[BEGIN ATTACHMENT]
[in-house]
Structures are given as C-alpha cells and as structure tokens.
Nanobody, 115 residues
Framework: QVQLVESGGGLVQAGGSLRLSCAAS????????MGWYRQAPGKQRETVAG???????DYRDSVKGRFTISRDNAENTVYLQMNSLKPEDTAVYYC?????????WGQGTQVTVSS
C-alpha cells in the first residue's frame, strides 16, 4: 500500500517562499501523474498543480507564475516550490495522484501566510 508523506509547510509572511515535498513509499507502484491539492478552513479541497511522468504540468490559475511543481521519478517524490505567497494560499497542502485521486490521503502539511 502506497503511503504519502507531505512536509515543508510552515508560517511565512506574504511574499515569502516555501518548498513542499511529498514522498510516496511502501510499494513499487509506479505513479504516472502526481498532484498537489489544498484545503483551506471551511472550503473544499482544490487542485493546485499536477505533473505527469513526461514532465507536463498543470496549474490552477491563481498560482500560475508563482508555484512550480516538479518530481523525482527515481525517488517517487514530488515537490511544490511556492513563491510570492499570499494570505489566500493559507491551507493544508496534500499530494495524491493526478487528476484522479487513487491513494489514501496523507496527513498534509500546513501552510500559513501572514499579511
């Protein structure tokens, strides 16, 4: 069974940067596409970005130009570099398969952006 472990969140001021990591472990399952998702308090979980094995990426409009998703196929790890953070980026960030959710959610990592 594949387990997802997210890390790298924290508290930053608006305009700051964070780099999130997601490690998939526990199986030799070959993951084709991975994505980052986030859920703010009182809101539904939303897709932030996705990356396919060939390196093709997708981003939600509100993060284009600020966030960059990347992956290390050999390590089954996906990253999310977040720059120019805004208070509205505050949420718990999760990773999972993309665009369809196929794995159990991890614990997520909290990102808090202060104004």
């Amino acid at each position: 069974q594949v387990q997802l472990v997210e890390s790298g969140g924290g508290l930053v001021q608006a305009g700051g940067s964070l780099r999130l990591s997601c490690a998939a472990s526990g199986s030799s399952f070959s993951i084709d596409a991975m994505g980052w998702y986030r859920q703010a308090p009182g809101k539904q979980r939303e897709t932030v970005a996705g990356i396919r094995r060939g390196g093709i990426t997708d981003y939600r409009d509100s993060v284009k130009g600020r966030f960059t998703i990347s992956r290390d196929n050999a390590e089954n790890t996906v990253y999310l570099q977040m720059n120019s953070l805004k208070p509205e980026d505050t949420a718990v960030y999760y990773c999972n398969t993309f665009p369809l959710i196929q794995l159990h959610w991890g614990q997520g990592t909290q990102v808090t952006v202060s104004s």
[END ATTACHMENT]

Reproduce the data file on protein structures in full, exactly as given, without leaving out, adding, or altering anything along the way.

[in-house]
Structures are given as C-alpha cells and as structure tokens.
Nanobody, 115 residues
Framework: QVQLVESGGGLVQAGGSLRLSCAAS????????MGWYRQAPGKQRETVAG???????DYRDSVKGRFTISRDNAENTVYLQMNSLKPEDTAVYYC?????????WGQGTQVTVSS
C-alpha cells in the first residue's frame, strides 16, 4: 500500500517562499501523474498543480507564475516550490495522484501566510 508523506509547510509572511515535498513509499507502484491539492478552513479541497511522468504540468490559475511543481521519478517524490505567497494560499497542502485521486490521503502539511 502506497503511503504519502507531505512536509515543508510552515508560517511565512506574504511574499515569502516555501518548498513542499511529498514522498510516496511502501510499494513499487509506479505513479504516472502526481498532484498537489489544498484545503483551506471551511472550503473544499482544490487542485493546485499536477505533473505527469513526461514532465507536463498543470496549474490552477491563481498560482500560475508563482508555484512550480516538479518530481523525482527515481525517488517517487514530488515537490511544490511556492513563491510570492499570499494570505489566500493559507491551507493544508496534500499530494495524491493526478487528476484522479487513487491513494489514501496523507496527513498534509500546513501552510500559513501572514499579511
């Protein structure tokens, strides 16, 4: 069974940067596409970005130009570099398969952006 472990969140001021990591472990399952998702308090979980094995990426409009998703196929790890953070980026960030959710959610990592 594949387990997802997210890390790298924290508290930053608006305009700051964070780099999130997601490690998939526990199986030799070959993951084709991975994505980052986030859920703010009182809101539904939303897709932030996705990356396919060939390196093709997708981003939600509100993060284009600020966030960059990347992956290390050999390590089954996906990253999310977040720059120019805004208070509205505050949420718990999760990773999972993309665009369809196929794995159990991890614990997520909290990102808090202060104004």
């Amino acid at each position: 069974q594949v387990q997802l472990v997210e890390s790298g969140g924290g508290l930053v001021q608006a305009g700051g940067s964070l780099r999130l990591s997601c490690a998939a472990s526990g199986s030799s399952f070959s993951i084709d596409a991975m994505g980052w998702y986030r859920q703010a308090p009182g809101k539904q979980r939303e897709t932030v970005a996705g990356i396919r094995r060939g390196g093709i990426t997708d981003y939600r409009d509100s993060v284009k130009g600020r966030f960059t998703i990347s992956r290390d196929n050999a390590e089954n790890t996906v990253y999310l570099q977040m720059n120019s953070l805004k208070p509205e980026d505050t949420a718990v960030y999760y990773c999972n398969t993309f665009p369809l959710i196929q794995l159990h959610w991890g614990q997520g990592t909290q990102v808090t952006v202060s104004s």